# the following calculations all involve physical quantities

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Thread starter 4 years ago
#1
identify any calculations that are meaningless and evaluate those that are valid?
63s+52s-34s-41s
i dont know what i am supposed to do with that, it doesen't even equal anything, i dont understand the question either. please help
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4 years ago
#2
(Original post by p29)
identify any calculations that are meaningless and evaluate those that are valid?
63s+52s-34s-41s
i dont know what i am supposed to do with that, it doesen't even equal anything, i dont understand the question either. please help
Post a picture of the question.
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Thread starter 4 years ago
#3
(Original post by Zacken)
Post a picture of the question.
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Thread starter 4 years ago
#4
any ideas?
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4 years ago
#5
(Original post by p29)
Alright, so the first one is valid because you are subtracting and adding units of time to get an overall positive time. Nothing fishy with that.

However, some of them are completely invalid, how can you add amperes to volts like in 3??

You get the gist?
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Thread starter 4 years ago
#6
(Original post by Zacken)
Alright, so the first one is valid because you are subtracting and adding units of time to get an overall positive time. Nothing fishy with that.

However, some of them are completely invalid, how can you add amperes to volts like in 3??

You get the gist?
ohhh, thanks
what if there was negative time, would that be invalid?
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4 years ago
#7
(Original post by p29)
ohhh, thanks
what if there was negative time, would that be invalid?
Yep! Precisely, it makes no sense (in most scenarios) to have a negative time.
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4 years ago
#8
Lol.. Think of units as different fruits. You cant add a banana to an orange and vice versa. You cant add a mV to a mA as volts and amperes measure two different things. A mJ and J can be added because a milli joule is 1/1000ths of a joule. The units needs to be homogeneous to be added/ minused.
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Thread starter 4 years ago
#9
(Original post by Zacken)
Yep! Precisely, it makes no sense (in most scenarios) to have a negative time.
once again, thank you
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4 years ago
#10
(Original post by p29)
once again, thank you
I would say it doesn't invalidate it because if you're referring to relationships between times in a rates of reaction experiment, say, you may want to subtract times.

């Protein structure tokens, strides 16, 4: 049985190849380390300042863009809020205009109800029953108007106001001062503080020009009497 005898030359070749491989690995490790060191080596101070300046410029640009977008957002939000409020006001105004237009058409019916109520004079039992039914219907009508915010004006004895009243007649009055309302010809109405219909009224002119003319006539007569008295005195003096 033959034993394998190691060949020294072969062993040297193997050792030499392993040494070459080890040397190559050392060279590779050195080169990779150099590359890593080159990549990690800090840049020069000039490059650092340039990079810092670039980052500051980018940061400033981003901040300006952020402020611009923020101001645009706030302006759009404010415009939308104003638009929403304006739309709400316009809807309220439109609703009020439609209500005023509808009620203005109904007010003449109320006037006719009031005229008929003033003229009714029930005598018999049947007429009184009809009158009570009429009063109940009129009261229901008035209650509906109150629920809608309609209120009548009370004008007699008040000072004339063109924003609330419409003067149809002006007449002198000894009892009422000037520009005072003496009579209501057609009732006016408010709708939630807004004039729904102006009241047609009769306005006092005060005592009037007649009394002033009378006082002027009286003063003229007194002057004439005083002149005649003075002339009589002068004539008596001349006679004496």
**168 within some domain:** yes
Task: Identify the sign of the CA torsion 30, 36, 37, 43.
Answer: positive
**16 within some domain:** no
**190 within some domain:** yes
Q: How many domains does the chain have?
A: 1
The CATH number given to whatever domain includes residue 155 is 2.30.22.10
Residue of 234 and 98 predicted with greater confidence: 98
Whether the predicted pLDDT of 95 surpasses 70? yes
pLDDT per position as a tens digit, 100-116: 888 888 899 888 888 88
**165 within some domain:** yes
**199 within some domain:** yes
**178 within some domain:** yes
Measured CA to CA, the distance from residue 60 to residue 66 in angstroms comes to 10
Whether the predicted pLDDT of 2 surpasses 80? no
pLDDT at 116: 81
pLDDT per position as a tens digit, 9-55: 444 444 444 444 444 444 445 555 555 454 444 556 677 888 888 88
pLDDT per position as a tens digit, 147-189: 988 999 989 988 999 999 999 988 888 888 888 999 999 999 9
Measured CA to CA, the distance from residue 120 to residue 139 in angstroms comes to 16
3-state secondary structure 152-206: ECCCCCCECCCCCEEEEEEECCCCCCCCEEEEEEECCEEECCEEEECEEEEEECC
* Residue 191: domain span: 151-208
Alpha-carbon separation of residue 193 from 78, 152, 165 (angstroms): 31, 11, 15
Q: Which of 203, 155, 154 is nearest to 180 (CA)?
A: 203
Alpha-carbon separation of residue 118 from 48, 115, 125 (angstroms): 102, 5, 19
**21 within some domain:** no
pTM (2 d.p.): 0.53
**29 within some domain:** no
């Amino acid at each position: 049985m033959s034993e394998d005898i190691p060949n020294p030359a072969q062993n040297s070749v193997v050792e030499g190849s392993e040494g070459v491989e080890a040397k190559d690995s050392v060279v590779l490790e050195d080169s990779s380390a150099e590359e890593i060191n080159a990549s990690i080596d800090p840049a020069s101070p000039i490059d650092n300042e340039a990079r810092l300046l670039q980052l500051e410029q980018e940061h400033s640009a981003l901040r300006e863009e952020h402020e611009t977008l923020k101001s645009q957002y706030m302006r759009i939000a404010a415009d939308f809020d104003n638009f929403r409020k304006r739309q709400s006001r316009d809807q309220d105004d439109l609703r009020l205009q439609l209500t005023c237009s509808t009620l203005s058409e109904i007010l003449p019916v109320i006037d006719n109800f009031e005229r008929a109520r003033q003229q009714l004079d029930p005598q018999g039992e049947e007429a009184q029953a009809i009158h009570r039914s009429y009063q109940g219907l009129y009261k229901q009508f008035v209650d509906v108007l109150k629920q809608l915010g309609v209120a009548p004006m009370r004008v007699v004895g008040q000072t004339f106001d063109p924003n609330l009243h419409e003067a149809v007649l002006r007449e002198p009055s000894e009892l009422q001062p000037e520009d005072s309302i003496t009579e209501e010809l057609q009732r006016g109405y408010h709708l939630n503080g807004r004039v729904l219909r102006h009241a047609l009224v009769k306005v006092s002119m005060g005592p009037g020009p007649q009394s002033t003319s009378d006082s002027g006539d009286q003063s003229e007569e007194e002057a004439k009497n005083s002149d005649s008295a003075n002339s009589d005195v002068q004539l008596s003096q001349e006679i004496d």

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Thread starter 4 years ago
#11
(Original post by ValerieKR)
I would say it doesn't invalidate it because if you're referring to relationships between times in a rates of reaction experiment, say, you may want to subtract times.
oh god
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4 years ago
#12
(Original post by p29)
oh god
The only other questionable one (than those mentioned) is Newtons being a vector rather than scalar, but again it does not invalidate it because there are situations where it makes sense.
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4 years ago
#13
(Original post by ValerieKR)
I would say it doesn't invalidate it because if you're referring to relationships between times in a rates of reaction experiment, say, you may want to subtract times.
...I'm glad I didn't do chemistry.

But, are you sure you are subtracting times? And not ? Because that's what rate usually means (from what I know).
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4 years ago
#14
(Original post by Zacken)
...I'm glad I didn't do chemistry.

But, are you sure you are subtracting times? And not ? Because that's what rate usually means.
you can talk about half lives with s^1
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Thread starter 4 years ago
#15
(Original post by Gman786)
Lol.. Think of units as different fruits. You cant add a banana to an orange and vice versa. You cant add a mV to a mA as volts and amperes measure two different things. A mJ and J can be added because a milli joule is 1/1000ths of a joule. The units needs to be homogeneous to be added/ minused.
homogenous? plz explain
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4 years ago
#16
(Original post by ValerieKR)
you can talk about half lives with s^1
But does a negative half life make any sense?
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4 years ago
#17
(Original post by p29)
homogenous? plz explain
The same up to a constant.

So you can add mJ and J because they're essentially joules, just that mJ has a constant factor attached to the Joules.
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4 years ago
#18
(Original post by Zacken)
But does a negative half life make any sense?
You could find the difference between two half lives
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4 years ago
#19
(Original post by Zacken)
The same up to a constant.

So you can add mJ and J because they're essentially joules, just that mJ has a constant factor attached to the Joules.
Yh exactly what zacken said. Homogeneous means "same"
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4 years ago
#20
(Original post by ValerieKR)
You could find the difference between two half lives
Fair enough.
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